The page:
Kevin Maxwell of Smith Street in Fairfield said it seemed that primary power lines cover too large an area and that power companies should examine how their grids are configured. He said his neighborhood lost power after it initially was restored and believes that happened because power had been mistakenly turned on at Fairfield Beach, where some houses were flooded. "The linemen must have been told they shouldn't have turned power back on because houses at the beach had power that still had water in them. There are no disconnects after Old Field Road," he said.

Joseloff suggested "micro grids" that would "allow essential facilities to have power when there is a widespread blackout."

Diane Lauricella of Norwalk said CL&P in 2011 had given estimates on when power would be restored, but didn't do that after Superstorm Sandy. She believed that was due to customers' outrage in 2011 when power wasn't restored within the estimate given. "I urge CL&P and PURA representatives here to find a middle ground," she said.

Kingsbury said 400 roads in Westport were blocked after Hurricane Sandy and that it took six days for the last one to be reopened. "That's my biggest concern. We can't have roads closed for that long," the fire chief said.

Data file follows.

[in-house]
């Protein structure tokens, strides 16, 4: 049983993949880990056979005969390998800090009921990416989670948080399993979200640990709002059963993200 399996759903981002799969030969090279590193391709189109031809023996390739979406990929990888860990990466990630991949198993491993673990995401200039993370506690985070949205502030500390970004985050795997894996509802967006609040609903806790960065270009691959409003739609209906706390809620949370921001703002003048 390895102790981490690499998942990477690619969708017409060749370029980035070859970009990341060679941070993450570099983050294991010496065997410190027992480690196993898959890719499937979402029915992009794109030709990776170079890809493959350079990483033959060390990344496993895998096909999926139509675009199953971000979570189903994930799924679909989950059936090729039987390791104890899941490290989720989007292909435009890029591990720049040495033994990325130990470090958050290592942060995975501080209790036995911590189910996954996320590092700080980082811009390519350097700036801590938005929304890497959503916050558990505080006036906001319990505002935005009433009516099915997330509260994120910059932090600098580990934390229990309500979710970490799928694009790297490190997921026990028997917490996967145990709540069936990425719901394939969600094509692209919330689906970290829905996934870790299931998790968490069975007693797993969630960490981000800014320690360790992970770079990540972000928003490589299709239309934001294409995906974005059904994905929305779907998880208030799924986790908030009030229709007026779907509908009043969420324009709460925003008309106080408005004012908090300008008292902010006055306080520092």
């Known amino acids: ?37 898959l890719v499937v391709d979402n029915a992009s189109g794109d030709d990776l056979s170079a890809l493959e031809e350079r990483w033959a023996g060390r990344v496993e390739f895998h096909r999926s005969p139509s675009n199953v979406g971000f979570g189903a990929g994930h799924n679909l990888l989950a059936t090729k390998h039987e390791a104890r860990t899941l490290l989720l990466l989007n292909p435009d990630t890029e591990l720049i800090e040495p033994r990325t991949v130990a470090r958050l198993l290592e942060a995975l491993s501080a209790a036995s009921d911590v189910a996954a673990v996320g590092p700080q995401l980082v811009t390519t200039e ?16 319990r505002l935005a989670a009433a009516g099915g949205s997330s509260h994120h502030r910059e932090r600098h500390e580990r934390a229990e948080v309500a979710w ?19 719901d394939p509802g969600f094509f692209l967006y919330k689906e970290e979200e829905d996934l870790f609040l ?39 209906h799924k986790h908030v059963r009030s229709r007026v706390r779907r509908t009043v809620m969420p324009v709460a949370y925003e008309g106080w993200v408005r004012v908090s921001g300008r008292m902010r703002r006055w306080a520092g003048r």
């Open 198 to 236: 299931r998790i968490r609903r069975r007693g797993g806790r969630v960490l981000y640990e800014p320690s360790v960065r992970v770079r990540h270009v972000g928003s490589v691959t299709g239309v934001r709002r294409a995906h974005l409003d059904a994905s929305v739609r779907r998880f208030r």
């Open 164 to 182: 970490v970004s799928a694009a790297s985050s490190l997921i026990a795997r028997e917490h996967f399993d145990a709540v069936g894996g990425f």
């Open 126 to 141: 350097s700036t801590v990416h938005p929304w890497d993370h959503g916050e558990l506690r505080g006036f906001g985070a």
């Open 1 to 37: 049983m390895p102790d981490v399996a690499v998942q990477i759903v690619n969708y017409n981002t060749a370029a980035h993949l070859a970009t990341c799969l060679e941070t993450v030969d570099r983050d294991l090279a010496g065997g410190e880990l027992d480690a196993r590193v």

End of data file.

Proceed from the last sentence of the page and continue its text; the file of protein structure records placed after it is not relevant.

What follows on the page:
Joseloff said one of the biggest problems facing Westport in every storm was CL&P not having enough people to declare wires safe for removal by the town's Department of Public Works, which he said creates unnecessary delays in clearing roads. "This needs to be a priority. We have had promises of improvement in this area, but, frankly, we see no evidence of such," he said.

Technology used by CL&P was also faulted by Joseloff, Kingsbury and Steinberg.

Joseloff said the town was told to send lists of downed wires and trees to CL&P by fax, a technology that he said is outmoded. He said Westport offered "long ago" to integrate its emergency dispatch systems with CL&P so the town could electronically share information and photos on downed trees and lines and road closures. "We are still waiting," he said.

Modifica said complaints about CL&P's technology is "important feedback for us to hear and look into."

Cirillo said CL&P customers could face their "worst nightmare" this winter if an ice storm knocks out power. "We get an ice storm and daytime highs don't reach 30 [degrees] for three or four days, your pipes are going to freeze," he said. If that happened, some customers wouldn't have heat or hot water even after power is restored and likely would have difficulty finding an available plumber, he said

PURA's third public hearing will be held at 6:30 p.m. Jan. 15 in Waterford Town Hall, Caron said.